China on Tuesday urged India to “abide by its commitments” to restrict political activities of exiled Tibetans in India, two days after Foreign Secretary Nirupama Rao met with the Dalai Lama.
“China has expressed its position clearly to the Indian side over this issue,” Foreign Ministry spokesperson Qin Gang said when asked about Ms. Rao's meeting with the exiled Tibetan religious leader in Dharamsala.
“The Indian government has expressed on many occasions to China that it recognises Tibet Autonomous Region as part of the People's Republic of China, and it would not allow exiled Tibetans in India to conduct anti-China political activities,” he said. “We hope India could abide by its commitments on Tibet-related issues, and properly handle all relevant issues.”
China's measured response on Tuesday marked a striking contrast from the government's displeasure at the Indian government November last, when the Dalai Lama travelled to the Tawang monastery in Arunachal Pradesh. China has voiced claims on parts of the State, including Tawang, and exerted pressure on the Indian government to prevent the visit.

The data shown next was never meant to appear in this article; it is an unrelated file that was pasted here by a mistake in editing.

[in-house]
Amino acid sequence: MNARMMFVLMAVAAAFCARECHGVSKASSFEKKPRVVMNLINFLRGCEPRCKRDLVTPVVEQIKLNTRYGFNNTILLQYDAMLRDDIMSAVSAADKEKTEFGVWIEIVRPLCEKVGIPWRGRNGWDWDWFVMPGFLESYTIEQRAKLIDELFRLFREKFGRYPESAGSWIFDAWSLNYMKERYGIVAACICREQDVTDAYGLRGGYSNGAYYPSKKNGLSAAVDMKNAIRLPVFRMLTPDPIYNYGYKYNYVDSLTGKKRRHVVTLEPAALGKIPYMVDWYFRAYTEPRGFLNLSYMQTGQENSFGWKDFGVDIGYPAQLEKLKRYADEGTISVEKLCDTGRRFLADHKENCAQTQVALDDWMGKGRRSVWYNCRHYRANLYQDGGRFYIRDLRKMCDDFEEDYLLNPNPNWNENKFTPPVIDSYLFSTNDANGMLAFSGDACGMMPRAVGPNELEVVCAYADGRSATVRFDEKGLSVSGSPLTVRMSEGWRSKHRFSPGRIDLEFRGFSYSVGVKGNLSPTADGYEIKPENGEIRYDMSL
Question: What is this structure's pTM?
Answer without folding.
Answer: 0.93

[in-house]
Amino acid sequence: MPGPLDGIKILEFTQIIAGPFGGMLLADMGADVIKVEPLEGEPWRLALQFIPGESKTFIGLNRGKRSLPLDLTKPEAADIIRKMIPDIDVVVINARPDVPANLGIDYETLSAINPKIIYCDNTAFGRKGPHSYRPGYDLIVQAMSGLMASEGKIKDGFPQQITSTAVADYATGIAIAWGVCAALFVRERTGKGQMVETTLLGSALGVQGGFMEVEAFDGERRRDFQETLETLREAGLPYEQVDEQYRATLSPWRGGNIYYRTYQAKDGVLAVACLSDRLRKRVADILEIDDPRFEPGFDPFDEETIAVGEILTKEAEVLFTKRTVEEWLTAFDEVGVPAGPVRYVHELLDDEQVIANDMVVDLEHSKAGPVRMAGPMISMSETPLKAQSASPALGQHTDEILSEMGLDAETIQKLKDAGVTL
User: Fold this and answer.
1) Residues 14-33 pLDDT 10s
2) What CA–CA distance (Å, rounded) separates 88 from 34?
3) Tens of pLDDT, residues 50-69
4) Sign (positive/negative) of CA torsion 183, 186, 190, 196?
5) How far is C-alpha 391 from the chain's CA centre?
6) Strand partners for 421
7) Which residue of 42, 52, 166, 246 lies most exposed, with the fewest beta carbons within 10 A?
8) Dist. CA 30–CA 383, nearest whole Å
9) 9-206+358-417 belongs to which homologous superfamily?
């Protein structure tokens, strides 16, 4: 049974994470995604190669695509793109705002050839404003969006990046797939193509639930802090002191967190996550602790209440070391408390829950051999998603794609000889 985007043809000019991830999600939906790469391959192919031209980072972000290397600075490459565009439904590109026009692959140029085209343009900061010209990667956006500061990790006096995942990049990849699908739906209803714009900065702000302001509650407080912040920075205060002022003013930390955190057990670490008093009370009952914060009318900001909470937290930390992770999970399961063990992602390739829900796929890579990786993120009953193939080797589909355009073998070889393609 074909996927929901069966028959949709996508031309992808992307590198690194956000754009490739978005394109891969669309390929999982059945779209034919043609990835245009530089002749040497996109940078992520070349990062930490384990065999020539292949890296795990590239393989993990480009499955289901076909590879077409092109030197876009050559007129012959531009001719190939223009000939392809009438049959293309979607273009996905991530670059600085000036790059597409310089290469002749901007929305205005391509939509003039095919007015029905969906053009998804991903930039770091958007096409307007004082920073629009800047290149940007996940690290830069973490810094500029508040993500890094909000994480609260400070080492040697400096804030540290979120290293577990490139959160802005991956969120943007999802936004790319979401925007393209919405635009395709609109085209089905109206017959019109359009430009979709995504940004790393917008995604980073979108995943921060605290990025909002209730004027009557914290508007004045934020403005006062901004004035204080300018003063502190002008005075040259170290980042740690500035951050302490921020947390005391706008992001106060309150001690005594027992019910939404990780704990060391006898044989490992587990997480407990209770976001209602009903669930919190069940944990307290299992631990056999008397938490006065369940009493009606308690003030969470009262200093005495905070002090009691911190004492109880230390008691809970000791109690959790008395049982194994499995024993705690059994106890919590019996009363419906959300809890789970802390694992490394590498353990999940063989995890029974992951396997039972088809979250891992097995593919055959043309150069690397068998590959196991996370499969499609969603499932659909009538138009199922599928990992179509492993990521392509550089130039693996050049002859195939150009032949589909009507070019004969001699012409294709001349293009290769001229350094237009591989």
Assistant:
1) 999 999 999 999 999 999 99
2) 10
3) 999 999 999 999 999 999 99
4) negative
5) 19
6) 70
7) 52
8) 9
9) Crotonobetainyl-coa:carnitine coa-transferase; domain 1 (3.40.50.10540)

The Chinese government then blamed the Dalai Lama for trying to “sabotage” and “wreck” China's relations with India, though Indian officials said the Tibetan religious leader's visit to the State was purely for religious reasons.
Prime Minister Manmohan Singh told his Chinese counterpart Wen Jiabao in talks October last that the Dalai Lama was an “honoured guest” of India and free to travel anywhere within the country. India has, however, assured China that it would clamp down on any “anti-China” activities by Tibetan separatists on Indian soil.